Housing Slowndown Could Wreak Havoc on Rental Prices
With rising rental demand outpacing available inventory, rent prices rose an average of 9% across the country in April compared to last year.
The average monthly rent reached $1,821 in the month, continues its upward trend from the low of $1,676 seen last April during the pandemic. It’s still shy of the pre-pandemic rent levels of around $1,845 in 2019 and 2020. Of course, location ties into this.
Rises in rent was most pronounced in Vancouver, which saw average year-over-year increases of 17.2% and 23.7%, respectively.
“If the resale market cools, demands by necessity shifts into rentals,” states real estate analyst Ben Rabidoux of Edge Realty Analytics. Ben writes in his most recent newsletter that with “strong population growth, we end up with a dramatic strengthening in the rental market in major metros.”
Average Rent Prices Across Canada
Here’s a snapshot of some of the average rent prices from across Canada, along with the monthly percentage increase:
Strong Demand Expected to Keep Pushing Prices Up
On top of the normal increase in rental demand during the spring, expected demand is to be higher than usual because of current housing conditions.
“Higher interest rates and a cooling ownership housing market could push more demand into the rental market this spring,” Ben Myers, president of Bullpen Research & Consulting, wrote in the March report.
The increase in the rental demand with the current economic recovery, return to pre-covid employment levels and increase in net international migration is creating stress on the rental market.
The current outlook is that both rental demand and prices will continue rising throughout the year.
“Rental affordability continues to pose a significant challenge across the country [and] is set to decline from increasing rental demand and low stocks of rental housing,” according to the latest Rental Market Report from the Canada Mortgage and Housing Corporation (CMHC).
1 in 3 Canadians Renting
“According to 2016 census data, nearly 30 percent of Canadians, or 4.4 million households, rent their home, and statistics from the Canadian government show they’re under increasing pressure,” stated by CBC News on March 10, 2022.
CMHC recently reported that a two-bedroom apartment rental is beyond the reach of the average person who works full time in many cities. Vancouver and Victoria are on that list, along with other cities across Canada.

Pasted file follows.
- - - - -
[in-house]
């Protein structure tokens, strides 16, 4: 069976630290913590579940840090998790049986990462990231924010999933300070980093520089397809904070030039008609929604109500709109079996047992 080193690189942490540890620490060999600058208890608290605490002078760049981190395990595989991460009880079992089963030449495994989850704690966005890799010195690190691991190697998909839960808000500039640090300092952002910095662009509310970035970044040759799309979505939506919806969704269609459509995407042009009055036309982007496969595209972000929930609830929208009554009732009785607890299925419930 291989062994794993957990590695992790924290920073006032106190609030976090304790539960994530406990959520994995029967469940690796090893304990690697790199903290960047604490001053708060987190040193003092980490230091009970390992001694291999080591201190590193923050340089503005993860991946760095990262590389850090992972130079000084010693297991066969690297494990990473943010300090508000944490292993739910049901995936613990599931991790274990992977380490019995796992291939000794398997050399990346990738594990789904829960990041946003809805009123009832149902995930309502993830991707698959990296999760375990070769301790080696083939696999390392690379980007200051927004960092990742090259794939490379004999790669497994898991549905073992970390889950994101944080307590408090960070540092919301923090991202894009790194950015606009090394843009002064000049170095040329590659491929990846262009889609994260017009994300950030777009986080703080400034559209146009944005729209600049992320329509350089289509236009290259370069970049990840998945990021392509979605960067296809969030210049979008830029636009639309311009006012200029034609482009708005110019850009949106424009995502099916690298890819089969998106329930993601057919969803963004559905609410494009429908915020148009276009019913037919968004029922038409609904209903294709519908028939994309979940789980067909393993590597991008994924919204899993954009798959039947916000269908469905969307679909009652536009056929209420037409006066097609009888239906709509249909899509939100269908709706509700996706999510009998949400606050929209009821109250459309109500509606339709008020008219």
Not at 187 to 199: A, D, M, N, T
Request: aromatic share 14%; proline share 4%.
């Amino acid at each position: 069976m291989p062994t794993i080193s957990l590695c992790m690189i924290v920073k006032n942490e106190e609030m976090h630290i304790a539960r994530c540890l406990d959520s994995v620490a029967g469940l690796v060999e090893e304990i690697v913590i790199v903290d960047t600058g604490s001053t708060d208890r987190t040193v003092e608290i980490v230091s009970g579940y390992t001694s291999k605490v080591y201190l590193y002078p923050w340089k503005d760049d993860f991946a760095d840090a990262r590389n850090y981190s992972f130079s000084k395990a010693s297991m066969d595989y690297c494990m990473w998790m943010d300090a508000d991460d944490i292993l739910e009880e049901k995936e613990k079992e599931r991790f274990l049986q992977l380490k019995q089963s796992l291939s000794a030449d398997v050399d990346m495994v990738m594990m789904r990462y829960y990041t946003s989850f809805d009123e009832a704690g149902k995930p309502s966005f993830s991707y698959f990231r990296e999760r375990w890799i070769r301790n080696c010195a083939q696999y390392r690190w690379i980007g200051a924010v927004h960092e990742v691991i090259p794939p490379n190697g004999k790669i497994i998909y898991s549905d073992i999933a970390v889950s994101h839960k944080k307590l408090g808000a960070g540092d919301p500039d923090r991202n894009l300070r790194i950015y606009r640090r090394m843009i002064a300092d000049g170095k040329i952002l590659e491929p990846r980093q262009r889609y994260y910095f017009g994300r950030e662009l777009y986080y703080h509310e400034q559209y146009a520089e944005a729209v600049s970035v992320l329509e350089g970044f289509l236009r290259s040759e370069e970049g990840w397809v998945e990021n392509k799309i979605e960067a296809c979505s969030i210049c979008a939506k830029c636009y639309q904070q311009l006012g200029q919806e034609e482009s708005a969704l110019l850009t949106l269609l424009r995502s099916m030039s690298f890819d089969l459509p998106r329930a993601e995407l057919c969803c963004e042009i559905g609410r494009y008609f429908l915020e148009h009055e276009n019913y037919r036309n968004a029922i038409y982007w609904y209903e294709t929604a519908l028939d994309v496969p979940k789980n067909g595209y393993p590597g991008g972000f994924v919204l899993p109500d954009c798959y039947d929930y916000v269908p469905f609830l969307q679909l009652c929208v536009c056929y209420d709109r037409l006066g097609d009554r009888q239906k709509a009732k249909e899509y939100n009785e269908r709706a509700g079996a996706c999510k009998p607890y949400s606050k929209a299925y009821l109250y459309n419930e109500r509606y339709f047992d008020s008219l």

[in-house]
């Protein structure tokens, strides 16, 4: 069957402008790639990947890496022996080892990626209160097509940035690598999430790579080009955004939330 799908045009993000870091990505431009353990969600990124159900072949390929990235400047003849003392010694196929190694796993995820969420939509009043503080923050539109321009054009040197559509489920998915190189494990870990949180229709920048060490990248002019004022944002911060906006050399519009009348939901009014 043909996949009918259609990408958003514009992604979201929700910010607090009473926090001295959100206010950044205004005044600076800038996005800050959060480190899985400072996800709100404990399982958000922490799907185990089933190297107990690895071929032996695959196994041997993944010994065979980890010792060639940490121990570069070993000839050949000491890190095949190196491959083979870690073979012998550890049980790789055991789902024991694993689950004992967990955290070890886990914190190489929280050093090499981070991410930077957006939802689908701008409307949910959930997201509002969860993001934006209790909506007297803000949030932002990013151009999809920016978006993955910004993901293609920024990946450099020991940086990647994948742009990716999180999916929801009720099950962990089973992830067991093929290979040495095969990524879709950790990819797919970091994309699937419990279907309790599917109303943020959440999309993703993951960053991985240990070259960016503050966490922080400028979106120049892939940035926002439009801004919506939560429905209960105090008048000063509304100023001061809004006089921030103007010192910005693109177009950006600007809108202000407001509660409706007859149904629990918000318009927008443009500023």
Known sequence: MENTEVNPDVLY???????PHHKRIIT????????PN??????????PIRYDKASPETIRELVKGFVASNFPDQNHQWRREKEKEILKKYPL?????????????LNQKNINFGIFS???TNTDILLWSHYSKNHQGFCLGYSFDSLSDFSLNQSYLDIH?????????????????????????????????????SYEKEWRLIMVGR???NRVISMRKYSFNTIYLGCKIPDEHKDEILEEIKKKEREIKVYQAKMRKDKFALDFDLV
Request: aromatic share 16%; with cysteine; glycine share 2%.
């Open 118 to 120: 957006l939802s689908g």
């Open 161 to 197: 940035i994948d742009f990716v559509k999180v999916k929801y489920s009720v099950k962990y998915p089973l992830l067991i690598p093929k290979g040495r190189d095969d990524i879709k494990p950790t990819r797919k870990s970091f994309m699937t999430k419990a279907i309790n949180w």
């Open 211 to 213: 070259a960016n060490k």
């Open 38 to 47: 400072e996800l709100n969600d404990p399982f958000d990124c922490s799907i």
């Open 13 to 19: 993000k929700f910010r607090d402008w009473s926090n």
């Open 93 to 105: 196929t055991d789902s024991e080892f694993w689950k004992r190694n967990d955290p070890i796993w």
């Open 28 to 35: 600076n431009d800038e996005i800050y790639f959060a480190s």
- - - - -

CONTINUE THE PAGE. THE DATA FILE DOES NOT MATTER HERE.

According to the federal government, housing is unaffordable when housing costs are more than 30 percent of a person’s income.
We are in a housing crisis and it looks likes it may only get worse.
It is rumoured that the Bank of Canada is to increase interest rates again on June 1, 2022. There are talks of more rate increases to follow. If this is true, the Canadian rental market could be in more trouble than the real estate market.
The Bank of Canada’s goal to lower inflation and reduce our debt load may have a massive impact on low-income families and individuals. High interest rates could push more demand into a rental market that is already struggling to keep up with its current demands. Unfortunately, rental rates will increase and this will widen the gap in affordable housing.
What is the right plan?
Housing prices, whether you are renting or buying, are seeing steady yearly increases and it’s time to assess what one may do financially to protect themselves in the long term.
- Have you re-evaluated your budget? Are you able to make minor adjustments that could allow for the investment of $25 or more into a First-time Home Buyers Savings Account or an investment account that could allow for the savings of a down payment or retirement plan?
- Have you considered multi-generational housing? Do you get along with your in-laws? Multi-generational housing is not a new concept. At its peak in Canada in the 1940s, this is now one of the largest growing trends on the Canadian real estate front. Buying or renting, sharing the costs of housing among family is seeing a rise and with the cost of living continuing to climb, we can see why.
- Are you living within your means? Sometimes this can be a hard pill to swallow and may have you saying “no” to the activities you enjoy. Budgets need to be evaluated and if you find yourself to be one of the many Canadians stressed at the end of the month, you may need to batten down the hatches-Canadians are in for a bumpy ride.
- When is the last time you received a raise? Are you due for a raise? There are a lot of factors that go into determining when an employee is given a raise. If it’s been a few years since you have had a pay increase and you are constantly being praised as a valuable worker and your pay currently sits below the standard for your industry, sit down with your employer.
If want to become a homeowner, it will take some strategic planning, possibly replacing costly activities with more budget-friendly ones. Creative thinking may be necessary in a market that may slow down, but to what degree?
Come work with a qualified and knowledgeable broker so that you can have an enjoyable and stress-free home buying experience.